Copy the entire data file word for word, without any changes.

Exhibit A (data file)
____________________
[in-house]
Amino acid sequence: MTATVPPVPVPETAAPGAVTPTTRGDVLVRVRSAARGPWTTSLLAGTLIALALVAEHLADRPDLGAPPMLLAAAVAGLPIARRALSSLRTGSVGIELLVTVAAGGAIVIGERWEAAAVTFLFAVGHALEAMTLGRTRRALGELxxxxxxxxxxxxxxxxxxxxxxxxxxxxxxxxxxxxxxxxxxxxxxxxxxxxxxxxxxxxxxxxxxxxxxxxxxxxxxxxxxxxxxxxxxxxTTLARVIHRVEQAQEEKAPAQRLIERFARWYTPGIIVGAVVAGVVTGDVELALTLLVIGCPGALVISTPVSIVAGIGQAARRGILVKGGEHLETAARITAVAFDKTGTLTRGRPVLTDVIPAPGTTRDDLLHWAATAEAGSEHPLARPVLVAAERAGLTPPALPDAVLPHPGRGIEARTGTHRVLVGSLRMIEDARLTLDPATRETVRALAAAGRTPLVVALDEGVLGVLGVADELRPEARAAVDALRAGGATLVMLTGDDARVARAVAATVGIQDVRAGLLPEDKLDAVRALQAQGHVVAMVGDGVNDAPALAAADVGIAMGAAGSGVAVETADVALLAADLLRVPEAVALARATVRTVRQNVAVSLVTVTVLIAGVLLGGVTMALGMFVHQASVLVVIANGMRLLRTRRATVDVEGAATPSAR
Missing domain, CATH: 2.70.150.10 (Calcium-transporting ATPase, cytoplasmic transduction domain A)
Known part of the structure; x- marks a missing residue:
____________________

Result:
[in-house]
Amino acid sequence: MTATVPPVPVPETAAPGAVTPTTRGDVLVRVRSAARGPWTTSLLAGTLIALALVAEHLADRPDLGAPPMLLAAAVAGLPIARRALSSLRTGSVGIELLVTVAAGGAIVIGERWEAAAVTFLFAVGHALEAMTLGRTRRALGELxxxxxxxxxxxxxxxxxxxxxxxxxxxxxxxxxxxxxxxxxxxxxxxxxxxxxxxxxxxxxxxxxxxxxxxxxxxxxxxxxxxxxxxxxxxxTTLARVIHRVEQAQEEKAPAQRLIERFARWYTPGIIVGAVVAGVVTGDVELALTLLVIGCPGALVISTPVSIVAGIGQAARRGILVKGGEHLETAARITAVAFDKTGTLTRGRPVLTDVIPAPGTTRDDLLHWAATAEAGSEHPLARPVLVAAERAGLTPPALPDAVLPHPGRGIEARTGTHRVLVGSLRMIEDARLTLDPATRETVRALAAAGRTPLVVALDEGVLGVLGVADELRPEARAAVDALRAGGATLVMLTGDDARVARAVAATVGIQDVRAGLLPEDKLDAVRALQAQGHVVAMVGDGVNDAPALAAADVGIAMGAAGSGVAVETADVALLAADLLRVPEAVALARATVRTVRQNVAVSLVTVTVLIAGVLLGGVTMALGMFVHQASVLVVIANGMRLLRTRRATVDVEGAATPSAR
Missing domain, CATH: 2.70.150.10 (Calcium-transporting ATPase, cytoplasmic transduction domain A)
Known part of the structure; x- marks a missing residue: